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Improving Patient’s Safety By Controlling The Doctor Orders For Ranged Dose Or Ranged Frequency.

Are you familiar with range orders for medications like MORPHINE 2-9MG IV Q6hr PRN at your facility? Does your hospital policy contains any restrictions on these orders?! And in case of a ranged order; how does the nurse determine the exact dose to be given and at which frequency?!

Where I work, we do allow them, and the nurse is giving all the needed training for pain assessment. We’re also using an electronic system, where prescriber must enter the required indication for each scenario. And not leaving the medication order prune to error and assumptions of the other healthcare staff.

Other hospitals might only allow one range... perhaps dose or maybe frequency! Yet, in both cases, the physicians must clearly enter the required dose range [i.e. for pain score 1-3 give 2MG, for pain scale 4-9 give 4MG …. etc.]

In some cases if the physician does not specify – the lowest dose and shortest frequency are used. A nurse must start at the lowest dose unless the patient has recently received a higher dose of the medication (or equivalent)

During the doctor's entry for the ranged order, they were using a free text field, and that doesn’t really help our clinical support system. That's why in most cases we had to verify the ranged doses manually and double checking them while dispensing and administration.

For orders with insulin doses from our insulin pumps and doses from our PCAs; ranged orders are required.

For non-pain medications, we instruct the nurse to start low and assess for effect, then proceed as necessary to address the condition.   Also have a Pain Management policy that guides the nurse to choose the pain order and dose that matches the pain score obtained from the assessment of the patient pain medication asks the prescriber to choose a Pain severity (mild, moderate or severe), all of which have scores assigned to them in the policy. For example, if the dose range is 1-2MG when mild pain, and the patient expressed the higher end of that range, then the nurse would choose 2MG.  If there are multiple products ordered, the nurse first picks the one attached to the pain score and then determines the dose which gives the nurse a guideline, but allows some flexibility in adjusting to the patient response.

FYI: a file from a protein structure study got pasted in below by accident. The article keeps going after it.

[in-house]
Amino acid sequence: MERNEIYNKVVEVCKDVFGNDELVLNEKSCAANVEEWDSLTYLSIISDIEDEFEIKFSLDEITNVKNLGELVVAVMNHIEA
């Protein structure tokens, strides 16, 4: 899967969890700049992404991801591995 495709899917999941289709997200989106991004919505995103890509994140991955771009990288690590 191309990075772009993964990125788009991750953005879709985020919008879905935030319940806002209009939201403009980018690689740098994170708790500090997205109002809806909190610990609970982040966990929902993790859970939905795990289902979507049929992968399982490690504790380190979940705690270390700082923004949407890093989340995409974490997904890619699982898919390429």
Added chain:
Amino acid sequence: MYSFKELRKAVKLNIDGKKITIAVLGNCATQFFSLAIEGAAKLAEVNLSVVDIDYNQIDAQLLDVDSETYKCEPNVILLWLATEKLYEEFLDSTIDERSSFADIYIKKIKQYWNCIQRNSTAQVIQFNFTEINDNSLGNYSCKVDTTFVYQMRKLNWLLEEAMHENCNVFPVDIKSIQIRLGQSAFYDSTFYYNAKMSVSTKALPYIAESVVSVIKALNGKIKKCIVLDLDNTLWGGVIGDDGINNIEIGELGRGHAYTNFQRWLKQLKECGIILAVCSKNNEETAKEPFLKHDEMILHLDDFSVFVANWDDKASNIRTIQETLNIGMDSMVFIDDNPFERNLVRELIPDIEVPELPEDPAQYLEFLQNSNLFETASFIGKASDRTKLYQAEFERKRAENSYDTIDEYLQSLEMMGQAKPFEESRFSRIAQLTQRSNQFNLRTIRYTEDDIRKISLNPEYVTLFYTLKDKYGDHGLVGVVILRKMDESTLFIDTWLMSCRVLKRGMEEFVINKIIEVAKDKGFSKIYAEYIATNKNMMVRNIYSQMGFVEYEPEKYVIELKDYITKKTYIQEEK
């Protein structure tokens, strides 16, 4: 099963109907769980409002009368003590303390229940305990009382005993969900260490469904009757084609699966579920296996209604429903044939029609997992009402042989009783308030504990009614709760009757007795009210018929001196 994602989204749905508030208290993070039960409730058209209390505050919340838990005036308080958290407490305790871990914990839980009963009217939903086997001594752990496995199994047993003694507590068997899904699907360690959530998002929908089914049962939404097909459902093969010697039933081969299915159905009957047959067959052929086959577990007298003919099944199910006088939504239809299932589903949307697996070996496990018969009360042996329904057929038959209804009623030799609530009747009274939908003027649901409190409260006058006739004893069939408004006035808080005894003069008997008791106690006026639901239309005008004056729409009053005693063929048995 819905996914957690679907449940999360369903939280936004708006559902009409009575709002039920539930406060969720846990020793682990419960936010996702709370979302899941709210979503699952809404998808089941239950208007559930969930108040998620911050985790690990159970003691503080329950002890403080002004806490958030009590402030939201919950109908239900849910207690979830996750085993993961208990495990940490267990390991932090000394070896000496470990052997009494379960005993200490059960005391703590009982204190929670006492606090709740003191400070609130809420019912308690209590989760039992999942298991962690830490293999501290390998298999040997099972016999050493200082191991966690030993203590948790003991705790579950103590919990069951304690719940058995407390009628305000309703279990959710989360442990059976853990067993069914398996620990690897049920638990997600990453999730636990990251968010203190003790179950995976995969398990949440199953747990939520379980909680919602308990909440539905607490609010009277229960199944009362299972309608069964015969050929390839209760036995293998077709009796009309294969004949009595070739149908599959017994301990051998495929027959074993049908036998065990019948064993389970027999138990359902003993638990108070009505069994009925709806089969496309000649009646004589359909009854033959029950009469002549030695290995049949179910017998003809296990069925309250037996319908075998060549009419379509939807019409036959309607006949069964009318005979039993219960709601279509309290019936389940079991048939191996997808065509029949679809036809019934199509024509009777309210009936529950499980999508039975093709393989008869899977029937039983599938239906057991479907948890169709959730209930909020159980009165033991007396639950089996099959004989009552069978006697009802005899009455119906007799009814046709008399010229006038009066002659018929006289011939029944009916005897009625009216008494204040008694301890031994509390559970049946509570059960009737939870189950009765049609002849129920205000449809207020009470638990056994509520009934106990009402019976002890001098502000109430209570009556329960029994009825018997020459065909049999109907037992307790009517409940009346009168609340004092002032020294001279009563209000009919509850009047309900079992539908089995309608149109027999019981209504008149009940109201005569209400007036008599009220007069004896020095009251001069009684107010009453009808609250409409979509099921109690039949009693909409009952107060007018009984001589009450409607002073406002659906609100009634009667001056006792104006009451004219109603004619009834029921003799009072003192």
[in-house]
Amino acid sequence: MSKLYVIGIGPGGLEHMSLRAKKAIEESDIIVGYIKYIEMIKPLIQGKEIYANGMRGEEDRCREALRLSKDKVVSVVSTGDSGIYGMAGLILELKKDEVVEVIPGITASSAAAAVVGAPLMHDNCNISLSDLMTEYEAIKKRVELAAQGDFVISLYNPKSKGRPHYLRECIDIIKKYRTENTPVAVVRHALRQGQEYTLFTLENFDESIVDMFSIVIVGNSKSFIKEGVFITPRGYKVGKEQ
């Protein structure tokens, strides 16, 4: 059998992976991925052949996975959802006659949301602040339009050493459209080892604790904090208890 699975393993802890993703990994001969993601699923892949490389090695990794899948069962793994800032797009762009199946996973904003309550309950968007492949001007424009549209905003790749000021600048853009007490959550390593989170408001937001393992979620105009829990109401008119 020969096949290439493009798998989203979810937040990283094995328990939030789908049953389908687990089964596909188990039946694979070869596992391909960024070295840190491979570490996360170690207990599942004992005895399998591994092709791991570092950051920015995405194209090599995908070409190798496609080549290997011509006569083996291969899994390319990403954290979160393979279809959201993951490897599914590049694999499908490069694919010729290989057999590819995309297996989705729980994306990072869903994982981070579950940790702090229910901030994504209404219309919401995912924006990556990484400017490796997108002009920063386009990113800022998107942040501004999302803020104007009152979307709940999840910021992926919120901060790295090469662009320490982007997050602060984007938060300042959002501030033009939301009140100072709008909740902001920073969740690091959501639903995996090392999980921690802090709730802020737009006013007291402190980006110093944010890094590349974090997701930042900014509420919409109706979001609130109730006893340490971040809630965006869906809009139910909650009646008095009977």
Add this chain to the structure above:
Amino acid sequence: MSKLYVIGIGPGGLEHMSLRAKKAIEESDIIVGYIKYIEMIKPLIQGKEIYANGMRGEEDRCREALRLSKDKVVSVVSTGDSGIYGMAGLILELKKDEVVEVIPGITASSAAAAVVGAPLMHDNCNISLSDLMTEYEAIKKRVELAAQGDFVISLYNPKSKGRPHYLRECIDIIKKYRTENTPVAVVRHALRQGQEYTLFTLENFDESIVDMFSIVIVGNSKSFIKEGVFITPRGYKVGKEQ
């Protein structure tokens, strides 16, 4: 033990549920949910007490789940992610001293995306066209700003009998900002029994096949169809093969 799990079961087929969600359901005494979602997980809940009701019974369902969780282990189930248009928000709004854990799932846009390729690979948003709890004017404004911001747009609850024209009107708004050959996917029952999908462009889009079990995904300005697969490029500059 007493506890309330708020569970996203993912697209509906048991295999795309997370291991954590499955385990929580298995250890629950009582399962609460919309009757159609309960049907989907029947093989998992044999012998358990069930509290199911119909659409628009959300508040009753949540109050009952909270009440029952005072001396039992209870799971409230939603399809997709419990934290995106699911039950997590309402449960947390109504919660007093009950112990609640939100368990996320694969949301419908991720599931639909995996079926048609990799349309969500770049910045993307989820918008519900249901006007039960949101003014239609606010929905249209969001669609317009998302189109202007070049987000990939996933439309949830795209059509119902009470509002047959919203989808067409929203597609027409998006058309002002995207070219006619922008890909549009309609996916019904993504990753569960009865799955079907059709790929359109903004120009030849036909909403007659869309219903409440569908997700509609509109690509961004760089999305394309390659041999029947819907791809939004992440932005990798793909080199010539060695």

Obaid

Pharmacist, CPHQ, CHQO, Quality Coordinator, Chemotherapy Preparation incharge. Graduated pharmacy school in 2009 I stood with my classmates as we recited the “Oath of a Pharmacist” in. There is one particular vow that stood out to me as we recited the Oath and I embrace this vow, “I will apply my knowledge, experience, and skills to the best of my ability to assure optimal outcomes for my patients.” I love being a pharmacist because it allows me to use my knowledge, abilities, and talents to improve patient outcomes in the community hospital in which I am employed as the pharmacy clinical coordinator.

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